Vaught Speaks at the 40th Annual Fisheries Forum

Monday, April 29, 2013 @ 1:15:00 PM

Tony Vaught of Professional Aquaculture Services and President of California Aquaculture Association recently spoke at the 40th Annual Fisheries Forum in Sacramento, California alongside other prominent industry members.

This annual forum is an opportunity for the public to speak with lawmakers about California’s fisheries and to discuss current events and issues of the aquaculture industry. Vaught’s presentation, The Future of Aquaculture Growth in the United States, is as follows:

The Future of Aquaculture Growth in the United States

Aquaculture in a rapidly changing world

By Tony S. Vaught

The interest in the production of fisheries products through aquaculture has seen unprecedented growth over the past 20 years. This is due to many factors which include: increased worldwide consumption, low supply due to environmental impediments to wild harvest, and the domestication and production of new species.

In 2013 the percentage of aquaculture produced fisheries products will exceed 50% of global supply. The challenge is to keep up with the demand created by population growth and the reduction of wild caught fish while keeping environmental and financial sustainability in balance. This satisfies the hunger for providing nutritious food product to high-end consumers and resource poor areas that have a protein deficit.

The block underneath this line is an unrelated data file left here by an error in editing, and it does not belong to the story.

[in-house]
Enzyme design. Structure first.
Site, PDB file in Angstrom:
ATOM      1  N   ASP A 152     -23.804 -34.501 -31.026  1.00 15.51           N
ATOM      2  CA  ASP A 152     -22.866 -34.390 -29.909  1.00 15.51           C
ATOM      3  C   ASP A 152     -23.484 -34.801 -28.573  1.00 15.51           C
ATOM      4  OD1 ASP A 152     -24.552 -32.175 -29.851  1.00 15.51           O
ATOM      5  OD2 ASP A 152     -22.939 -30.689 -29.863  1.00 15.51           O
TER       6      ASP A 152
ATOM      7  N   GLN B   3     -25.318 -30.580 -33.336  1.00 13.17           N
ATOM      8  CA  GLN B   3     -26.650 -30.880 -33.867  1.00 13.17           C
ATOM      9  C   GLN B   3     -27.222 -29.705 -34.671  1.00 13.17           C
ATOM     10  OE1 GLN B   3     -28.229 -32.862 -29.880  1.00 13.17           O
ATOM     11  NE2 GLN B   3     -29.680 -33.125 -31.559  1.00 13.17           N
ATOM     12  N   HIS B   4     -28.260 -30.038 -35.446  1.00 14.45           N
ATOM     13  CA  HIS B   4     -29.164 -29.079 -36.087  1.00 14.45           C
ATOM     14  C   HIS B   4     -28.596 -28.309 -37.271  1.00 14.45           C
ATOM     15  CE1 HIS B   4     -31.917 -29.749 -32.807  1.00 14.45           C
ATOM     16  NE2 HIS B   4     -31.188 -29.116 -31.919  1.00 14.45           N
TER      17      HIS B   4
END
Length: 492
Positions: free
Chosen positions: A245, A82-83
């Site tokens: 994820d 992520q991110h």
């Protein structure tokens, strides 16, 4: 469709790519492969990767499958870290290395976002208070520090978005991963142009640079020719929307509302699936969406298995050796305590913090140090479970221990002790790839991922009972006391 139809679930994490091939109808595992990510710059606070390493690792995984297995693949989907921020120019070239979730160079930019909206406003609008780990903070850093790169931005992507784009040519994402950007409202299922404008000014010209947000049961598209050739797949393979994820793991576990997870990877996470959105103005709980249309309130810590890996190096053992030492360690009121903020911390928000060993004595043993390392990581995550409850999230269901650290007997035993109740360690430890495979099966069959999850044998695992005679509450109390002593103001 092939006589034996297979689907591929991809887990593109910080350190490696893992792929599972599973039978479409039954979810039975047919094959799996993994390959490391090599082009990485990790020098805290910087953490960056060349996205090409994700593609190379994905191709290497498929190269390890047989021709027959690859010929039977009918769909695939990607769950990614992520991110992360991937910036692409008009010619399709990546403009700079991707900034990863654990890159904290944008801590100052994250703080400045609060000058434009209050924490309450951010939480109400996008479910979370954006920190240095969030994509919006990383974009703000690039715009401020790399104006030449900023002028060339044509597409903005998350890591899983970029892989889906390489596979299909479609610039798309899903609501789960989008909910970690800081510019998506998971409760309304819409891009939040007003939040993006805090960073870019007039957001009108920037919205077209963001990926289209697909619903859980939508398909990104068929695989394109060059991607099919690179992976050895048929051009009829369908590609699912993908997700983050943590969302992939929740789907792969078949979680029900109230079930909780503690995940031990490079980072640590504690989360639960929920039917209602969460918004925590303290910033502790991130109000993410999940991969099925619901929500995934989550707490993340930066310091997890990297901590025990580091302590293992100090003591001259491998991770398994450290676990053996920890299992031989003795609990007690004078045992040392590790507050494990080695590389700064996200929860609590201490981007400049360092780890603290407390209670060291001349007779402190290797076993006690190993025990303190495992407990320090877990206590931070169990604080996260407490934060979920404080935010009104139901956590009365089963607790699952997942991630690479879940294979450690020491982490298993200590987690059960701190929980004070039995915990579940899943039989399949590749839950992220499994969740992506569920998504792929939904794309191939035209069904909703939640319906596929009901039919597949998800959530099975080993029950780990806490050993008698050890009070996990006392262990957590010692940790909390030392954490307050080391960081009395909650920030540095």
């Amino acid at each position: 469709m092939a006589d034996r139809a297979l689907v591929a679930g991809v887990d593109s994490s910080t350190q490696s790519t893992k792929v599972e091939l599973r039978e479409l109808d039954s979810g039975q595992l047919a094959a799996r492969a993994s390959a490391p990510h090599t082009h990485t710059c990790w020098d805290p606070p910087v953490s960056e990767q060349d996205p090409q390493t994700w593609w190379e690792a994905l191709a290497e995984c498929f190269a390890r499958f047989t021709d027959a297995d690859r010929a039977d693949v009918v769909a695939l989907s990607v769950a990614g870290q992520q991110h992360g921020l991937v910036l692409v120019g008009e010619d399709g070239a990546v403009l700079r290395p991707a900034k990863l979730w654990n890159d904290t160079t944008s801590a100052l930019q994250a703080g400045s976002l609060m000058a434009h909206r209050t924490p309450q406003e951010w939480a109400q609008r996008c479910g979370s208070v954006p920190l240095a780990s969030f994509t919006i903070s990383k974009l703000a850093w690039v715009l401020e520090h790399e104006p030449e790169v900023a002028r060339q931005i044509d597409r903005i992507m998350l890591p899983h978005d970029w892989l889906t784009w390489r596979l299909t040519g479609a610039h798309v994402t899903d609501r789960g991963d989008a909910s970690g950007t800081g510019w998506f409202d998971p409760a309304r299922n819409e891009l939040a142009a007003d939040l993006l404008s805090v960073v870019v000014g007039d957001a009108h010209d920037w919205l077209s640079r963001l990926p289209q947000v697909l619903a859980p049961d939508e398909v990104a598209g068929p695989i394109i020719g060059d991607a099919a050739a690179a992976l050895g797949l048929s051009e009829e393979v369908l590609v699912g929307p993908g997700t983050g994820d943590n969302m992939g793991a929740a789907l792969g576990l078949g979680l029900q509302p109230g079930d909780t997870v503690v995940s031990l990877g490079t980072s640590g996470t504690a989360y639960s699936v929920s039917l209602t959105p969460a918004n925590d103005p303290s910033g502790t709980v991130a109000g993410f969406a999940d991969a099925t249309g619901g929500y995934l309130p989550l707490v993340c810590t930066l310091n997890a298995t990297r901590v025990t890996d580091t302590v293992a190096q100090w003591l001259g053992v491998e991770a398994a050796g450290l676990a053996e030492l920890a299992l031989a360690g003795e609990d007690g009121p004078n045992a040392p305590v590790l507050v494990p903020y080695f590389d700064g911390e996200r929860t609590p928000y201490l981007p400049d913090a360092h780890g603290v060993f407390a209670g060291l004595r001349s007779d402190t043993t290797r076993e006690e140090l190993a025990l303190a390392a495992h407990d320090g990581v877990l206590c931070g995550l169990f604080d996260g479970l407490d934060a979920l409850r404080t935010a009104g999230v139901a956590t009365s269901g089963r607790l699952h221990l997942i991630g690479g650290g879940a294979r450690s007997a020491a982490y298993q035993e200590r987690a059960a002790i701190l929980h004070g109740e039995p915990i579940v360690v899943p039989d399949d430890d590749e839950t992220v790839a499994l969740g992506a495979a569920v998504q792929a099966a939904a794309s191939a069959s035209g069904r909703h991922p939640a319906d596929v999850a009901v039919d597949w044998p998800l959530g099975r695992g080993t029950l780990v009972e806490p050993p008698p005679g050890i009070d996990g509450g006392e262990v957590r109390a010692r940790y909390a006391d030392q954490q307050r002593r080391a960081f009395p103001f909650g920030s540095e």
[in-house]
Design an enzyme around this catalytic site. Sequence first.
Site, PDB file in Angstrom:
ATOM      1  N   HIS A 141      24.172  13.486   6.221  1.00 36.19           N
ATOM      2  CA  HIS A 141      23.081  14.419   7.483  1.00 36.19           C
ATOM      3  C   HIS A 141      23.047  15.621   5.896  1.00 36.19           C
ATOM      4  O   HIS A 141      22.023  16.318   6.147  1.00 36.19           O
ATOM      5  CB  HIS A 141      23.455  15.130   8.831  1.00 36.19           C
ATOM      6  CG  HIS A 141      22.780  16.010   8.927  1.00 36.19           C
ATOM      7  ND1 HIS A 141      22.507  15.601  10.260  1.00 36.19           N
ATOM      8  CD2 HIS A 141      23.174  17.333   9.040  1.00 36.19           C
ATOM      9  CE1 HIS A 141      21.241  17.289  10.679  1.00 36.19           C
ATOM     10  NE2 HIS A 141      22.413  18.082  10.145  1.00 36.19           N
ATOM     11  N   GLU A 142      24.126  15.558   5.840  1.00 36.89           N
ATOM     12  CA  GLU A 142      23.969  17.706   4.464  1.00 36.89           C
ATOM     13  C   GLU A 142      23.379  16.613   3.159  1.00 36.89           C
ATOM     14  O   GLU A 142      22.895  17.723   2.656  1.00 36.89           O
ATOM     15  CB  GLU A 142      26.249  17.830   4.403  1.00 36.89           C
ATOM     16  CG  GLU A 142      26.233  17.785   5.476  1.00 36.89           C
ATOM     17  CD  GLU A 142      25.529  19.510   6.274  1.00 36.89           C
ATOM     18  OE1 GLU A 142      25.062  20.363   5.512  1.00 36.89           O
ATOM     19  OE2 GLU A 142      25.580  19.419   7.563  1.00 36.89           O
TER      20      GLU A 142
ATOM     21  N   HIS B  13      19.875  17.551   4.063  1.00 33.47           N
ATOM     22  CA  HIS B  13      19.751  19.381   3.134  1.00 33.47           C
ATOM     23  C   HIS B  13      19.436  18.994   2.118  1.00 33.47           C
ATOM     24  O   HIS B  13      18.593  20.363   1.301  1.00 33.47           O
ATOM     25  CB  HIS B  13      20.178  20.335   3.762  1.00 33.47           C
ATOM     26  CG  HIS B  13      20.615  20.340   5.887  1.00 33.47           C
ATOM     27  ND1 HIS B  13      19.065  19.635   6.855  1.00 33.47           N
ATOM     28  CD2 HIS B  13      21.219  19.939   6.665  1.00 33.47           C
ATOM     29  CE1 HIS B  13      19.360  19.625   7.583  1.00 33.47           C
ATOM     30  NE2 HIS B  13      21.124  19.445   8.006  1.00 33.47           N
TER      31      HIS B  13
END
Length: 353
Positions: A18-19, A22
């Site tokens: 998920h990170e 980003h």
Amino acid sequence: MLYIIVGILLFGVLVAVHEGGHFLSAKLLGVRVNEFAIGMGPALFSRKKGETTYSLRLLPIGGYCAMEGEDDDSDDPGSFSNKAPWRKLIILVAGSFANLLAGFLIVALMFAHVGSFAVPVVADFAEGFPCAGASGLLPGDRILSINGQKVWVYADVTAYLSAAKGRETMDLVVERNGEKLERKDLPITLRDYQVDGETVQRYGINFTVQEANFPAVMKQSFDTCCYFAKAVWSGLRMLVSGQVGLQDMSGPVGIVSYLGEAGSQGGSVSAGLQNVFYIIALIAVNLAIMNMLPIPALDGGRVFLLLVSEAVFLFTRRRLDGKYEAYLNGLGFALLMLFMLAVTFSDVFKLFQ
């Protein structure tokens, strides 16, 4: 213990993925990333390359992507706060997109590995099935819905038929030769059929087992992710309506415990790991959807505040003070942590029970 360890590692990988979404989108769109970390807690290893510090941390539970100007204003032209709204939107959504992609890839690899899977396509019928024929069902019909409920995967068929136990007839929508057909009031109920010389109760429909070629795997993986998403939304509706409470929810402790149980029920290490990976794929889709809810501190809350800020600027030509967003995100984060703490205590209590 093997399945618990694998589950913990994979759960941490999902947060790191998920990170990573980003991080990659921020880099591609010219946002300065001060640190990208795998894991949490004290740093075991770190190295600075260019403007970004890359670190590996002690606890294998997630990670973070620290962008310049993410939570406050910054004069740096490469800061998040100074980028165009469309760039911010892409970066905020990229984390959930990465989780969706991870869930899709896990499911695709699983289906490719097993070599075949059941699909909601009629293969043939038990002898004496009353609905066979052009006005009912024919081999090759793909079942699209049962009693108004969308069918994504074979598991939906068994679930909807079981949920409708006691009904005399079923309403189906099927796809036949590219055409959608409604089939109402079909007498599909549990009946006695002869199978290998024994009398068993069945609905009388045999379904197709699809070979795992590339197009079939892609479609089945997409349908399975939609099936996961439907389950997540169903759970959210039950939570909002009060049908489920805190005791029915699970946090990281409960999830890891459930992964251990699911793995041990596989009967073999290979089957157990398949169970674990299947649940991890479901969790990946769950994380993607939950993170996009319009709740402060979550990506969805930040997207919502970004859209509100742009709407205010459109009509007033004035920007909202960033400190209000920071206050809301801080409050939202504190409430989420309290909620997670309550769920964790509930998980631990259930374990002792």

Recently, the number of commercial fish farms, both land-based and offshore, in almost all other areas of the world has out stepped the growth in the United States. This is largely due to regulatory impediments, financial constraints, and the lack of federal and state funding support. Until recently the price and availability of seafood has been fairly stable with inexpensive imported product making up the bulk of the fish available. This is changing with increased worldwide demand and the narrowing of profit margins between fish sold close to production areas and fish exported to the U.S.

As a result, the supply of domestically produced fish must increase so that prices stay within reach of the consumer. To accomplish this, the U.S. must significantly intensify aquaculture research, identify environmentally responsible resources appropriate for fish and shellfish production, and support private business through research grants and low interest loans. The integration of aquaculture with the commercial wild caught industry, conventional food production, and academia is necessary to establish a secure and safe supply of fishery products. Food production has become a national security issue, with instability, population growth, and resource limitations outside the U.S. reducing imports. Progress can be made by not only utilizing known production techniques and research that has been done elsewhere but to look to new species and methods using the vast resources available.

The question remains, where and how is this to be done? Every site evaluated for aquaculture has limitations and assets specific to the production of product. Primarily they are political, economic or environmental in nature. The technology exists to solve environmental concerns; however the challenge is often financial. Political opposition has stopped environmentally and economically sound projects even at the expense of improved prosperity of the community. Involving the community in the project is essential.

Integrating a variety of environmentally different production areas, species, and research projects can help to focus on the production of food, the creation of satisfying jobs and the security of our food supply.